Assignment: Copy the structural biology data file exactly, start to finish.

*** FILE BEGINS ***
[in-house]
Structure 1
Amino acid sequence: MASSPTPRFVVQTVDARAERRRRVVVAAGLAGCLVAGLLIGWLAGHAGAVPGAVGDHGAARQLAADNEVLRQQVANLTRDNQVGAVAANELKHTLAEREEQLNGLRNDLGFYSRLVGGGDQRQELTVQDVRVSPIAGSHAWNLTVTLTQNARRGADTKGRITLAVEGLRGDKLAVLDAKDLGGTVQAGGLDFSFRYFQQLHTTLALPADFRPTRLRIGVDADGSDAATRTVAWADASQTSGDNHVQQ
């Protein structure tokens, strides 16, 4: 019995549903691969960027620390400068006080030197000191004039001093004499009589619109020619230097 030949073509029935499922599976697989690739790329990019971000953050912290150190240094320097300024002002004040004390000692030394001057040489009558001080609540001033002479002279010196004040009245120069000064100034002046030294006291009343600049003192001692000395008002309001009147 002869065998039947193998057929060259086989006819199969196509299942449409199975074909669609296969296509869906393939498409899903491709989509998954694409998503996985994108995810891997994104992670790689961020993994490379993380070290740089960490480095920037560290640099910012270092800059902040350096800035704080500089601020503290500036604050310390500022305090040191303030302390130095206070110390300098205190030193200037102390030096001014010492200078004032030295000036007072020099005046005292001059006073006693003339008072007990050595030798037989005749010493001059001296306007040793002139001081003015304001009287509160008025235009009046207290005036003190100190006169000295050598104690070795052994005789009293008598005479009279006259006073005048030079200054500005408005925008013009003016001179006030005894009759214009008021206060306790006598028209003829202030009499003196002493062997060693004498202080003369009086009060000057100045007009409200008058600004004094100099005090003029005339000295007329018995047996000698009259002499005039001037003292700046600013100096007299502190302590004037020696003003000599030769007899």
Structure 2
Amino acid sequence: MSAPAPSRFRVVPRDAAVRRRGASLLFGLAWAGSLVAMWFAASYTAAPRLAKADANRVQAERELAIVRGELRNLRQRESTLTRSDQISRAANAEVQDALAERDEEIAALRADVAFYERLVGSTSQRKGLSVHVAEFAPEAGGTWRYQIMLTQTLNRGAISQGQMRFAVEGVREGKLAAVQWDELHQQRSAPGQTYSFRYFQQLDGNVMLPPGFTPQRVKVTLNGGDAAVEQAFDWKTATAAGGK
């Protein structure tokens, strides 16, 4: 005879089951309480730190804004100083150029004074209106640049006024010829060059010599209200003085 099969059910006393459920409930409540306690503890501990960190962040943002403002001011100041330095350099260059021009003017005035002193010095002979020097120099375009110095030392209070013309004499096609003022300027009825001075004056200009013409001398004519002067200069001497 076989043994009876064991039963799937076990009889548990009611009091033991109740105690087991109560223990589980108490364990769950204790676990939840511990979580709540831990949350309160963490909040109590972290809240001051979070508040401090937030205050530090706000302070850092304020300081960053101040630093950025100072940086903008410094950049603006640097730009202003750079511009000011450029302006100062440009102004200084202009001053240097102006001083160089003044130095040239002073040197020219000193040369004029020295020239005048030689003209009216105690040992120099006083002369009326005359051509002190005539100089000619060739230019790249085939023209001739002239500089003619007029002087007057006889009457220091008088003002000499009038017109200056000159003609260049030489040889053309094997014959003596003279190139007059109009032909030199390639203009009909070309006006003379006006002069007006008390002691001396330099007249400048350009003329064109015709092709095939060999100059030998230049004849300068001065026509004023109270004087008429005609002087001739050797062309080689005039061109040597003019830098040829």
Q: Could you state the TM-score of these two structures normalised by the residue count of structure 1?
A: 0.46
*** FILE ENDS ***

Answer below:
[in-house]
Structure 1
Amino acid sequence: MASSPTPRFVVQTVDARAERRRRVVVAAGLAGCLVAGLLIGWLAGHAGAVPGAVGDHGAARQLAADNEVLRQQVANLTRDNQVGAVAANELKHTLAEREEQLNGLRNDLGFYSRLVGGGDQRQELTVQDVRVSPIAGSHAWNLTVTLTQNARRGADTKGRITLAVEGLRGDKLAVLDAKDLGGTVQAGGLDFSFRYFQQLHTTLALPADFRPTRLRIGVDADGSDAATRTVAWADASQTSGDNHVQQ
């Protein structure tokens, strides 16, 4: 019995549903691969960027620390400068006080030197000191004039001093004499009589619109020619230097 030949073509029935499922599976697989690739790329990019971000953050912290150190240094320097300024002002004040004390000692030394001057040489009558001080609540001033002479002279010196004040009245120069000064100034002046030294006291009343600049003192001692000395008002309001009147 002869065998039947193998057929060259086989006819199969196509299942449409199975074909669609296969296509869906393939498409899903491709989509998954694409998503996985994108995810891997994104992670790689961020993994490379993380070290740089960490480095920037560290640099910012270092800059902040350096800035704080500089601020503290500036604050310390500022305090040191303030302390130095206070110390300098205190030193200037102390030096001014010492200078004032030295000036007072020099005046005292001059006073006693003339008072007990050595030798037989005749010493001059001296306007040793002139001081003015304001009287509160008025235009009046207290005036003190100190006169000295050598104690070795052994005789009293008598005479009279006259006073005048030079200054500005408005925008013009003016001179006030005894009759214009008021206060306790006598028209003829202030009499003196002493062997060693004498202080003369009086009060000057100045007009409200008058600004004094100099005090003029005339000295007329018995047996000698009259002499005039001037003292700046600013100096007299502190302590004037020696003003000599030769007899």
Structure 2
Amino acid sequence: MSAPAPSRFRVVPRDAAVRRRGASLLFGLAWAGSLVAMWFAASYTAAPRLAKADANRVQAERELAIVRGELRNLRQRESTLTRSDQISRAANAEVQDALAERDEEIAALRADVAFYERLVGSTSQRKGLSVHVAEFAPEAGGTWRYQIMLTQTLNRGAISQGQMRFAVEGVREGKLAAVQWDELHQQRSAPGQTYSFRYFQQLDGNVMLPPGFTPQRVKVTLNGGDAAVEQAFDWKTATAAGGK
């Protein structure tokens, strides 16, 4: 005879089951309480730190804004100083150029004074209106640049006024010829060059010599209200003085 099969059910006393459920409930409540306690503890501990960190962040943002403002001011100041330095350099260059021009003017005035002193010095002979020097120099375009110095030392209070013309004499096609003022300027009825001075004056200009013409001398004519002067200069001497 076989043994009876064991039963799937076990009889548990009611009091033991109740105690087991109560223990589980108490364990769950204790676990939840511990979580709540831990949350309160963490909040109590972290809240001051979070508040401090937030205050530090706000302070850092304020300081960053101040630093950025100072940086903008410094950049603006640097730009202003750079511009000011450029302006100062440009102004200084202009001053240097102006001083160089003044130095040239002073040197020219000193040369004029020295020239005048030689003209009216105690040992120099006083002369009326005359051509002190005539100089000619060739230019790249085939023209001739002239500089003619007029002087007057006889009457220091008088003002000499009038017109200056000159003609260049030489040889053309094997014959003596003279190139007059109009032909030199390639203009009909070309006006003379006006002069007006008390002691001396330099007249400048350009003329064109015709092709095939060999100059030998230049004849300068001065026509004023109270004087008429005609002087001739050797062309080689005039061109040597003019830098040829």
Q: Could you state the TM-score of these two structures normalised by the residue count of structure 1?
A: 0.46